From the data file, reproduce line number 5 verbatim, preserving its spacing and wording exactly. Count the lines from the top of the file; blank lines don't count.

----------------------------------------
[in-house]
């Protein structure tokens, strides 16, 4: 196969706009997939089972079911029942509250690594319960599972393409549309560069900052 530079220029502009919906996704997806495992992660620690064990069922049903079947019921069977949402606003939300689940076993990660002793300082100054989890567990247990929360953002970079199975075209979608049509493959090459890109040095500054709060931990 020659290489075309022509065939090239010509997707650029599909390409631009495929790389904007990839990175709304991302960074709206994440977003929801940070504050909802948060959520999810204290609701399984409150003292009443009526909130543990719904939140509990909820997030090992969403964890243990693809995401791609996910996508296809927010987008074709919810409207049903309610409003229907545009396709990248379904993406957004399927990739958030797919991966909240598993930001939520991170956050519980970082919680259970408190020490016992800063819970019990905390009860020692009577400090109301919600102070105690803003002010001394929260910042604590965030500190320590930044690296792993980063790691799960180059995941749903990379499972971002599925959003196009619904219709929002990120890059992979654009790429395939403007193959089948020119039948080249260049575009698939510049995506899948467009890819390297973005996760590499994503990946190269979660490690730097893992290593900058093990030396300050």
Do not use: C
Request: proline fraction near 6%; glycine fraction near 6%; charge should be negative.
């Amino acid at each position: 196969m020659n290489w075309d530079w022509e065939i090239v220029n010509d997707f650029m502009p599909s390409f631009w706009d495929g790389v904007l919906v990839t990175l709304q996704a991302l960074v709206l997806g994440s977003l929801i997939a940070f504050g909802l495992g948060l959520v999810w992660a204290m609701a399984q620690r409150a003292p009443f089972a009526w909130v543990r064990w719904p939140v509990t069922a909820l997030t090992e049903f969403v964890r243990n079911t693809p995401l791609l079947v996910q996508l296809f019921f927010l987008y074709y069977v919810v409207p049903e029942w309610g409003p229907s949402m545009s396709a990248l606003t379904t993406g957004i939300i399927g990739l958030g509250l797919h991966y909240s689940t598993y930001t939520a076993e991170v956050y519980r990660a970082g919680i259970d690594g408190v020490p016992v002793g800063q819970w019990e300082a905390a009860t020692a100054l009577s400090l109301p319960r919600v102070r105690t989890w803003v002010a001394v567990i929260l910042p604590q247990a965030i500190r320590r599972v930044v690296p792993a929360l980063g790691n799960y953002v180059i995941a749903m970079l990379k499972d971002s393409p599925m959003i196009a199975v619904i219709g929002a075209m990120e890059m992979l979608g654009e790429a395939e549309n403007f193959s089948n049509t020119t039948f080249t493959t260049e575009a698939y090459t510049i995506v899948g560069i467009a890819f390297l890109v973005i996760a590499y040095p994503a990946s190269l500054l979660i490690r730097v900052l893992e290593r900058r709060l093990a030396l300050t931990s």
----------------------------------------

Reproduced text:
């Amino acid at each position: 196969m020659n290489w075309d530079w022509e065939i090239v220029n010509d997707f650029m502009p599909s390409f631009w706009d495929g790389v904007l919906v990839t990175l709304q996704a991302l960074v709206l997806g994440s977003l929801i997939a940070f504050g909802l495992g948060l959520v999810w992660a204290m609701a399984q620690r409150a003292p009443f089972a009526w909130v543990r064990w719904p939140v509990t069922a909820l997030t090992e049903f969403v964890r243990n079911t693809p995401l791609l079947v996910q996508l296809f019921f927010l987008y074709y069977v919810v409207p049903e029942w309610g409003p229907s949402m545009s396709a990248l606003t379904t993406g957004i939300i399927g990739l958030g509250l797919h991966y909240s689940t598993y930001t939520a076993e991170v956050y519980r990660a970082g919680i259970d690594g408190v020490p016992v002793g800063q819970w019990e300082a905390a009860t020692a100054l009577s400090l109301p319960r919600v102070r105690t989890w803003v002010a001394v567990i929260l910042p604590q247990a965030i500190r320590r599972v930044v690296p792993a929360l980063g790691n799960y953002v180059i995941a749903m970079l990379k499972d971002s393409p599925m959003i196009a199975v619904i219709g929002a075209m990120e890059m992979l979608g654009e790429a395939e549309n403007f193959s089948n049509t020119t039948f080249t493959t260049e575009a698939y090459t510049i995506v899948g560069i467009a890819f390297l890109v973005i996760a590499y040095p994503a990946s190269l500054l979660i490690r730097v900052l893992e290593r900058r709060l093990a030396l300050t931990s």